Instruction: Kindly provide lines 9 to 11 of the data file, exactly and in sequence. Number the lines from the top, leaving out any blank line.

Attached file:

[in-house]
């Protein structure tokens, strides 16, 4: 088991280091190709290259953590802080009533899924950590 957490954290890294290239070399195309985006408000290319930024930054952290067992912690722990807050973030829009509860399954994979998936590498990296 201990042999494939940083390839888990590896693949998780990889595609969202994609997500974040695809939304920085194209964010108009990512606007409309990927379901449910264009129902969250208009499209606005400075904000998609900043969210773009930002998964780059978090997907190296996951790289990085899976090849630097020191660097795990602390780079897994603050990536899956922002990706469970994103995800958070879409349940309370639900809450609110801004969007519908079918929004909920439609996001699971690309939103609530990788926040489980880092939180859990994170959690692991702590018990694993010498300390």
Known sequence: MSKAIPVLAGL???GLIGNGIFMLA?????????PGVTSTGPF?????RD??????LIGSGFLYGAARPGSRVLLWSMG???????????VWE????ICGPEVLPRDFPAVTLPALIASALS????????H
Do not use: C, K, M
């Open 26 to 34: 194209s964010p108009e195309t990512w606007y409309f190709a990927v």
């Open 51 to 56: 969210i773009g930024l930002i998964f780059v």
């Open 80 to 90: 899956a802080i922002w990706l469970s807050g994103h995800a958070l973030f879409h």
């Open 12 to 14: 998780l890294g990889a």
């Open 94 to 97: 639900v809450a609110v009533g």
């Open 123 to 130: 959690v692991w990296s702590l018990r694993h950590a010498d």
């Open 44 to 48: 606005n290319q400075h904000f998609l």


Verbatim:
């Open 94 to 97: 639900v809450a609110v009533g």
């Open 123 to 130: 959690v692991w990296s702590l018990r694993h950590a010498d």
């Open 44 to 48: 606005n290319q400075h904000f998609l």